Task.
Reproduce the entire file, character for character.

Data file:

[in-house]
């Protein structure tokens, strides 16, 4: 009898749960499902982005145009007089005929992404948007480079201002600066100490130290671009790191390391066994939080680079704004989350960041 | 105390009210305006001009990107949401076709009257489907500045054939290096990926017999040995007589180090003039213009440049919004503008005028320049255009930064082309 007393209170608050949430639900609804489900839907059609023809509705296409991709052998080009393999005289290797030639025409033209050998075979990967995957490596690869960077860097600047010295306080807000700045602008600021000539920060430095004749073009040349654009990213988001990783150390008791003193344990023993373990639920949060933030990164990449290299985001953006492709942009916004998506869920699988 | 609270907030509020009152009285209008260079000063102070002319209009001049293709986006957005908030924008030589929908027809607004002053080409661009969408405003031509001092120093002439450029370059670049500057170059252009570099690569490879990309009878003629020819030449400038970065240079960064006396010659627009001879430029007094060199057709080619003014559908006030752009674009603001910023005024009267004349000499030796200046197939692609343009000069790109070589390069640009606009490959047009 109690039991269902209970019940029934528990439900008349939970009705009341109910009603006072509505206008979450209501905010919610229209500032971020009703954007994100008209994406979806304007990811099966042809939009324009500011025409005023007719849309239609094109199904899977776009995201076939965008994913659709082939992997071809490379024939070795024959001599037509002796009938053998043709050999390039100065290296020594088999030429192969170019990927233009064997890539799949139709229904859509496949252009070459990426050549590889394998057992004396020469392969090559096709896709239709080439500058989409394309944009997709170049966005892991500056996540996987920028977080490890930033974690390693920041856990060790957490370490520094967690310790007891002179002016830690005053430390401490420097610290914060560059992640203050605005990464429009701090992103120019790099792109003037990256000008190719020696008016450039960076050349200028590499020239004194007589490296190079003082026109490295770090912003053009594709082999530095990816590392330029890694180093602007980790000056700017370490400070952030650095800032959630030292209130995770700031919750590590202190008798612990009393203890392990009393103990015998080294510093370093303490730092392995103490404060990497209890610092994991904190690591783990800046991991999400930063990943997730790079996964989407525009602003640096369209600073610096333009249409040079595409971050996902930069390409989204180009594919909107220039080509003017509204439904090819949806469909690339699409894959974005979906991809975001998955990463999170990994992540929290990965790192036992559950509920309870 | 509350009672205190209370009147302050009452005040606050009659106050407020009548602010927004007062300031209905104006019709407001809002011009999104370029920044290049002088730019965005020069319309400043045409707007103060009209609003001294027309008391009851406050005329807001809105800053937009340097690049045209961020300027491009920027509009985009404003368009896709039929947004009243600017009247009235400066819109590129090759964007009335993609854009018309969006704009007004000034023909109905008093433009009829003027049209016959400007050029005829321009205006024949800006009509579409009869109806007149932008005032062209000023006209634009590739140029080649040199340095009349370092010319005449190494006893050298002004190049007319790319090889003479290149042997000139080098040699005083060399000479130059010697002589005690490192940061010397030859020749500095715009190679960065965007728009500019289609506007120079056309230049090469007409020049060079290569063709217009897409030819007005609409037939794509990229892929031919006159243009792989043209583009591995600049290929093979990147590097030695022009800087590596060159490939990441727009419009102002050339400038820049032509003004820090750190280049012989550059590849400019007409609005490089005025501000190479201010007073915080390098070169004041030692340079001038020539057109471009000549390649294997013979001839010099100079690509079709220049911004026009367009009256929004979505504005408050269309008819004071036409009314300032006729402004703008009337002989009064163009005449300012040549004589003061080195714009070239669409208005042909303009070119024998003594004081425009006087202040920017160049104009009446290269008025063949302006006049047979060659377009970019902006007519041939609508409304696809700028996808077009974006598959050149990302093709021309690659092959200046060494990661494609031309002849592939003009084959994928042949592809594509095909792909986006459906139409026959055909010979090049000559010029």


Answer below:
[in-house]
């Protein structure tokens, strides 16, 4: 009898749960499902982005145009007089005929992404948007480079201002600066100490130290671009790191390391066994939080680079704004989350960041 | 105390009210305006001009990107949401076709009257489907500045054939290096990926017999040995007589180090003039213009440049919004503008005028320049255009930064082309 007393209170608050949430639900609804489900839907059609023809509705296409991709052998080009393999005289290797030639025409033209050998075979990967995957490596690869960077860097600047010295306080807000700045602008600021000539920060430095004749073009040349654009990213988001990783150390008791003193344990023993373990639920949060933030990164990449290299985001953006492709942009916004998506869920699988 | 609270907030509020009152009285209008260079000063102070002319209009001049293709986006957005908030924008030589929908027809607004002053080409661009969408405003031509001092120093002439450029370059670049500057170059252009570099690569490879990309009878003629020819030449400038970065240079960064006396010659627009001879430029007094060199057709080619003014559908006030752009674009603001910023005024009267004349000499030796200046197939692609343009000069790109070589390069640009606009490959047009 109690039991269902209970019940029934528990439900008349939970009705009341109910009603006072509505206008979450209501905010919610229209500032971020009703954007994100008209994406979806304007990811099966042809939009324009500011025409005023007719849309239609094109199904899977776009995201076939965008994913659709082939992997071809490379024939070795024959001599037509002796009938053998043709050999390039100065290296020594088999030429192969170019990927233009064997890539799949139709229904859509496949252009070459990426050549590889394998057992004396020469392969090559096709896709239709080439500058989409394309944009997709170049966005892991500056996540996987920028977080490890930033974690390693920041856990060790957490370490520094967690310790007891002179002016830690005053430390401490420097610290914060560059992640203050605005990464429009701090992103120019790099792109003037990256000008190719020696008016450039960076050349200028590499020239004194007589490296190079003082026109490295770090912003053009594709082999530095990816590392330029890694180093602007980790000056700017370490400070952030650095800032959630030292209130995770700031919750590590202190008798612990009393203890392990009393103990015998080294510093370093303490730092392995103490404060990497209890610092994991904190690591783990800046991991999400930063990943997730790079996964989407525009602003640096369209600073610096333009249409040079595409971050996902930069390409989204180009594919909107220039080509003017509204439904090819949806469909690339699409894959974005979906991809975001998955990463999170990994992540929290990965790192036992559950509920309870 | 509350009672205190209370009147302050009452005040606050009659106050407020009548602010927004007062300031209905104006019709407001809002011009999104370029920044290049002088730019965005020069319309400043045409707007103060009209609003001294027309008391009851406050005329807001809105800053937009340097690049045209961020300027491009920027509009985009404003368009896709039929947004009243600017009247009235400066819109590129090759964007009335993609854009018309969006704009007004000034023909109905008093433009009829003027049209016959400007050029005829321009205006024949800006009509579409009869109806007149932008005032062209000023006209634009590739140029080649040199340095009349370092010319005449190494006893050298002004190049007319790319090889003479290149042997000139080098040699005083060399000479130059010697002589005690490192940061010397030859020749500095715009190679960065965007728009500019289609506007120079056309230049090469007409020049060079290569063709217009897409030819007005609409037939794509990229892929031919006159243009792989043209583009591995600049290929093979990147590097030695022009800087590596060159490939990441727009419009102002050339400038820049032509003004820090750190280049012989550059590849400019007409609005490089005025501000190479201010007073915080390098070169004041030692340079001038020539057109471009000549390649294997013979001839010099100079690509079709220049911004026009367009009256929004979505504005408050269309008819004071036409009314300032006729402004703008009337002989009064163009005449300012040549004589003061080195714009070239669409208005042909303009070119024998003594004081425009006087202040920017160049104009009446290269008025063949302006006049047979060659377009970019902006007519041939609508409304696809700028996808077009974006598959050149990302093709021309690659092959200046060494990661494609031309002849592939003009084959994928042949592809594509095909792909986006459906139409026959055909010979090049000559010029």